But perhaps more than any other track on the album, “Watson,” gives a true-to-life snapshot of Fallon as he strikes out on a new path: following a 2013 divorce to his wife of ten years, Fallon remarried and relocated to England, taking his new surroundings head on, as he cites Arthur Conan Doyle, London’s Angel Station, and the River Thames. With an open heart, he offers the portrait of a man on the night he feels he can be “made new again,” singing, “It took such a heavy light just to find you in the first place, through all that rain and remaining fog.” While it may not appear inventive relative to the rest of Sleepwalkers, “Watson” is paramount to any worthwhile collection, as it represents the public catharsis that any good songwriter chases in verse.
“Etta James,” “Nightmares,” and “Neptune” are other standout tracks, while “Come Wander With Me” is a boldly autobiographical song, offering a distinct, in-studio-taste to Sleepwalkers, which runs counter to the sound that populates the majority of the work.
But craft aside, Sleepwalkers is built on attitude—on the earnest, ephemeral spirit that made six, amplified strings a cultural rebellion in the first place—and, throughout, Fallon burns like a cigarette. Wielding electric riffs and infectious hooks, Sleepwalkers feels like what would happen if the Gaslight Anthem played American Bandstand, and proves that—though its cultural cache is fading—there’s still a necessity for rock’n’roll in today’s musical landscape.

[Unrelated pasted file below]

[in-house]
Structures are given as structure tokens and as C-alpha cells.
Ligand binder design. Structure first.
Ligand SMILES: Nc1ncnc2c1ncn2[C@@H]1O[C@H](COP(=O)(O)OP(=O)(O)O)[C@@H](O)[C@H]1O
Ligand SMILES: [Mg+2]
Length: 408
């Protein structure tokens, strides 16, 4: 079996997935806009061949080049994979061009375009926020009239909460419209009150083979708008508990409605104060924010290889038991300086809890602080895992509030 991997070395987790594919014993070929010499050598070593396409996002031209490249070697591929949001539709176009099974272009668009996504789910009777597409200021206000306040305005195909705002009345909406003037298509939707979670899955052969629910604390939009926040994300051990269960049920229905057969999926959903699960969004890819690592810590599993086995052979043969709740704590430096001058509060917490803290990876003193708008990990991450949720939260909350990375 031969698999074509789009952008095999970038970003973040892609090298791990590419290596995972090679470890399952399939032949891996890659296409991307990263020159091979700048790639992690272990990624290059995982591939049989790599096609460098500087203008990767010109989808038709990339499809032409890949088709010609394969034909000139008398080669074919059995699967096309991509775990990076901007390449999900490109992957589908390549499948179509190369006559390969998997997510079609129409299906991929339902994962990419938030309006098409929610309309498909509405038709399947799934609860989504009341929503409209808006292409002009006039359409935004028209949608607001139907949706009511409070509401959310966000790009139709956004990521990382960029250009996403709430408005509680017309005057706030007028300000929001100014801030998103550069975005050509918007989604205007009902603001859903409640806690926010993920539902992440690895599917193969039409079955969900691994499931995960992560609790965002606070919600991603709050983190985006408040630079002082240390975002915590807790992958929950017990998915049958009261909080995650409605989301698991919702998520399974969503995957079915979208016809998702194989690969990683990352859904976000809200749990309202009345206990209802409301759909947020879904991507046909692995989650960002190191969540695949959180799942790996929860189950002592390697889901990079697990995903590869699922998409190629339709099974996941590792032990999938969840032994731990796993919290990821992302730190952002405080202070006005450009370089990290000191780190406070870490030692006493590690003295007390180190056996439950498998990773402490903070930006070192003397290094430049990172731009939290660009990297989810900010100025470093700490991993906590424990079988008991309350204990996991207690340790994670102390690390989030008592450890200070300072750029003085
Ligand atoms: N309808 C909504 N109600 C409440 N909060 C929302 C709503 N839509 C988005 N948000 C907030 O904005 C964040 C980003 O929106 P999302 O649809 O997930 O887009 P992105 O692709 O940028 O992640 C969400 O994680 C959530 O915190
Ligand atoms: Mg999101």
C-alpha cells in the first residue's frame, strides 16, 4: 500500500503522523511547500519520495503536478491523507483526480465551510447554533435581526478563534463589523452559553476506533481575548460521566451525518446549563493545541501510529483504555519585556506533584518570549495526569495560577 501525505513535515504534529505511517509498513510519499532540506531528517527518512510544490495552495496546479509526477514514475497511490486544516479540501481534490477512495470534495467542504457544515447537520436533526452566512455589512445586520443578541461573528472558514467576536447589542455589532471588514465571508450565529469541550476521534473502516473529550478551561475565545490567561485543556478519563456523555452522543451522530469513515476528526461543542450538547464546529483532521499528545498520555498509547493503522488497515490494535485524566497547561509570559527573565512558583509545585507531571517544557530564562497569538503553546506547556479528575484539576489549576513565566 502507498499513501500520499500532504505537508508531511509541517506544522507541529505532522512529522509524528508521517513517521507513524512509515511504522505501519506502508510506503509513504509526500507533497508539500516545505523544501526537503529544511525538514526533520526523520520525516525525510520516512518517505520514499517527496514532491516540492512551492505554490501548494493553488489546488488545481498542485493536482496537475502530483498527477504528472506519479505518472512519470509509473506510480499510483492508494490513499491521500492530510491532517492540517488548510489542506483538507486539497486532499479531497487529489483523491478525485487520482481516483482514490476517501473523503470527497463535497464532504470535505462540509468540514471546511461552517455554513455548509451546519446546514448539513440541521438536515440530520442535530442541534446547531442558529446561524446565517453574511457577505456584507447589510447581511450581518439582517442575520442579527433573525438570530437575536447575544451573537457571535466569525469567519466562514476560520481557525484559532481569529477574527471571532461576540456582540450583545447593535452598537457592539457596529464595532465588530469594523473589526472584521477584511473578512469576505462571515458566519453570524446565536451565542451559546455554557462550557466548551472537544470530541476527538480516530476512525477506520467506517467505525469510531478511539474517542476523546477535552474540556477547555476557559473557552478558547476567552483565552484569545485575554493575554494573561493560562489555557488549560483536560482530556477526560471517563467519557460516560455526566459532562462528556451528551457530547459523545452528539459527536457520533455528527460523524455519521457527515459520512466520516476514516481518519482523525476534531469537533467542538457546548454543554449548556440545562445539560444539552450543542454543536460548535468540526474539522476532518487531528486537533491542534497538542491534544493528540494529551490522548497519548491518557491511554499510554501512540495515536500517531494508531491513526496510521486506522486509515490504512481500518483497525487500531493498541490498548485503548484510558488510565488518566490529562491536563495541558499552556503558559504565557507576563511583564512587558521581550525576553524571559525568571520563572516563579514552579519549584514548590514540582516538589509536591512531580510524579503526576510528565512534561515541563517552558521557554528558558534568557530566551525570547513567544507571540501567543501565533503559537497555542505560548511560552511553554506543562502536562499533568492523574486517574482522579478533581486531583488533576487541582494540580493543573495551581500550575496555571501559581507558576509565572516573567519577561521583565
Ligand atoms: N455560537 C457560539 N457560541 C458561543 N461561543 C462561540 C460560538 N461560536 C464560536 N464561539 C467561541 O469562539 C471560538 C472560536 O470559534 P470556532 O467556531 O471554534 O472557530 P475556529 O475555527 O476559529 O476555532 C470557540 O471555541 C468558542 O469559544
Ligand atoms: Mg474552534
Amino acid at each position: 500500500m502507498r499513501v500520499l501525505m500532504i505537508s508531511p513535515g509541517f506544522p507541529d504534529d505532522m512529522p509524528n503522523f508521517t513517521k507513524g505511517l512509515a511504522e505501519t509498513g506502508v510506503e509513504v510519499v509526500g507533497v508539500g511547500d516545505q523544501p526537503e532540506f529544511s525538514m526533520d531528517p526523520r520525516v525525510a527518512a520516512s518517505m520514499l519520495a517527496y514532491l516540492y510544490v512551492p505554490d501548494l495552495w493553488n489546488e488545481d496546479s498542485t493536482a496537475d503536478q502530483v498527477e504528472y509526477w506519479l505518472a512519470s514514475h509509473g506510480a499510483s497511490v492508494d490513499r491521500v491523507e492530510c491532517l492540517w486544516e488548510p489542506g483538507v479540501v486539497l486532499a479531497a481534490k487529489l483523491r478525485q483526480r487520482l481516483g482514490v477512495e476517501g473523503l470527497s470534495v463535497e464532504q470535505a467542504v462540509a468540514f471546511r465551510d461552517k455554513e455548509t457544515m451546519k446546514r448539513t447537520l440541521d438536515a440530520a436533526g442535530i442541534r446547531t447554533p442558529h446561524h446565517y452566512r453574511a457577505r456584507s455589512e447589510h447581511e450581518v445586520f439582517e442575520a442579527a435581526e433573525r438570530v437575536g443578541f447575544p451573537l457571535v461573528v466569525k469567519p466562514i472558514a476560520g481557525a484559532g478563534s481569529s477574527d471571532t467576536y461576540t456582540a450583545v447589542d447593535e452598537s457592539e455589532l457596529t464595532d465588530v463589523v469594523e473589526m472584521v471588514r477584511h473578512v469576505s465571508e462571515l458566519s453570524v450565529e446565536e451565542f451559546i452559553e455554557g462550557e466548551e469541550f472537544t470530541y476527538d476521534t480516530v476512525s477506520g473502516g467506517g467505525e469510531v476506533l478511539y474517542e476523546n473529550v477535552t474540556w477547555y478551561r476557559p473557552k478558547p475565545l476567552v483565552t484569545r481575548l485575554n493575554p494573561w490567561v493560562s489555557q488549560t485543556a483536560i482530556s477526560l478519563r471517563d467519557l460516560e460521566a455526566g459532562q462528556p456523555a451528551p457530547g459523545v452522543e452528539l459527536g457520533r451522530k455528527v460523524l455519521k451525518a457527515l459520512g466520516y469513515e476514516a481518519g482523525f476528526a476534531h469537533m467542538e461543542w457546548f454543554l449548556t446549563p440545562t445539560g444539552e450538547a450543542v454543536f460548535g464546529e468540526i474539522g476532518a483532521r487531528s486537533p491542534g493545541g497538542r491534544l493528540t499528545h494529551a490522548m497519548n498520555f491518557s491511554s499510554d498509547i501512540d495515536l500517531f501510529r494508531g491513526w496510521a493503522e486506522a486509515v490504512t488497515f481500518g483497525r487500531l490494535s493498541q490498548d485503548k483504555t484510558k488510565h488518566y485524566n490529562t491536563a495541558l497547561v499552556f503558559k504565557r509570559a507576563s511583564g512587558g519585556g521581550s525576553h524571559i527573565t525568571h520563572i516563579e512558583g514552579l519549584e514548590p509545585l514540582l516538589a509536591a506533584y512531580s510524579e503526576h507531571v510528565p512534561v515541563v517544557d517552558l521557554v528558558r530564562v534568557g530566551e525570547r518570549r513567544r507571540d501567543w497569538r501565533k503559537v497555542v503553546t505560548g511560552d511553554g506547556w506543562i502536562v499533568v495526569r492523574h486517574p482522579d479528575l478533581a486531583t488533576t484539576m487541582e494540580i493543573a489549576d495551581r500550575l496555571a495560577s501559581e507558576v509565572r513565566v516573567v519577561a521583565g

With Fallon, the genre is in good hands: since he broke out over a decade ago, he’s seemed like an individual made more of Petty lyrics and well-worn Telecasters than skin, bone, and cells, and with this record, you can almost see him walking into a dirty, seaside and saying to the summer help, “Yeah, tell Tony, ‘Brian Fallon is here.’”